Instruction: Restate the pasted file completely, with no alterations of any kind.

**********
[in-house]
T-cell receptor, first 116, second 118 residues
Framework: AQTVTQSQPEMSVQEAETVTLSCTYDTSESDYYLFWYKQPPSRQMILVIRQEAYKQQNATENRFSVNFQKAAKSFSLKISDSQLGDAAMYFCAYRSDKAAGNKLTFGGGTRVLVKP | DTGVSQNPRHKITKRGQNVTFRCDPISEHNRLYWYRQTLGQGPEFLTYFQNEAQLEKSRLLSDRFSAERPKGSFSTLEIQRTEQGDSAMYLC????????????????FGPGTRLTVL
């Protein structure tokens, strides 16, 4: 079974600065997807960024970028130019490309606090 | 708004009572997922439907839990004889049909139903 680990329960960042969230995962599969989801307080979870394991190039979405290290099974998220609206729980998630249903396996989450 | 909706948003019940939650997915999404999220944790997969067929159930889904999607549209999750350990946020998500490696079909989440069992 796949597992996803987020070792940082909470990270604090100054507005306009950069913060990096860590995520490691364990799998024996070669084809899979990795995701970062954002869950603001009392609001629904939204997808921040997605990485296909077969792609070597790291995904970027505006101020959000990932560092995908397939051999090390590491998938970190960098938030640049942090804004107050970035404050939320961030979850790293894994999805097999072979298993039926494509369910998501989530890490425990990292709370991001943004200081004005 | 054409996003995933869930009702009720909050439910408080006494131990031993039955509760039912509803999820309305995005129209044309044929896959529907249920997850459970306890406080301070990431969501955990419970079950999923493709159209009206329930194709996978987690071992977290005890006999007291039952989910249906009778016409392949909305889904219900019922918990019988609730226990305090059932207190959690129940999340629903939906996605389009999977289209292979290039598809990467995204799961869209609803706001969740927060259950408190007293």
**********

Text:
[in-house]
T-cell receptor, first 116, second 118 residues
Framework: AQTVTQSQPEMSVQEAETVTLSCTYDTSESDYYLFWYKQPPSRQMILVIRQEAYKQQNATENRFSVNFQKAAKSFSLKISDSQLGDAAMYFCAYRSDKAAGNKLTFGGGTRVLVKP | DTGVSQNPRHKITKRGQNVTFRCDPISEHNRLYWYRQTLGQGPEFLTYFQNEAQLEKSRLLSDRFSAERPKGSFSTLEIQRTEQGDSAMYLC????????????????FGPGTRLTVL
């Protein structure tokens, strides 16, 4: 079974600065997807960024970028130019490309606090 | 708004009572997922439907839990004889049909139903 680990329960960042969230995962599969989801307080979870394991190039979405290290099974998220609206729980998630249903396996989450 | 909706948003019940939650997915999404999220944790997969067929159930889904999607549209999750350990946020998500490696079909989440069992 796949597992996803987020070792940082909470990270604090100054507005306009950069913060990096860590995520490691364990799998024996070669084809899979990795995701970062954002869950603001009392609001629904939204997808921040997605990485296909077969792609070597790291995904970027505006101020959000990932560092995908397939051999090390590491998938970190960098938030640049942090804004107050970035404050939320961030979850790293894994999805097999072979298993039926494509369910998501989530890490425990990292709370991001943004200081004005 | 054409996003995933869930009702009720909050439910408080006494131990031993039955509760039912509803999820309305995005129209044309044929896959529907249920997850459970306890406080301070990431969501955990419970079950999923493709159209009206329930194709996978987690071992977290005890006999007291039952989910249906009778016409392949909305889904219900019922918990019988609730226990305090059932207190959690129940999340629903939906996605389009999977289209292979290039598809990467995204799961869209609803706001969740927060259950408190007293």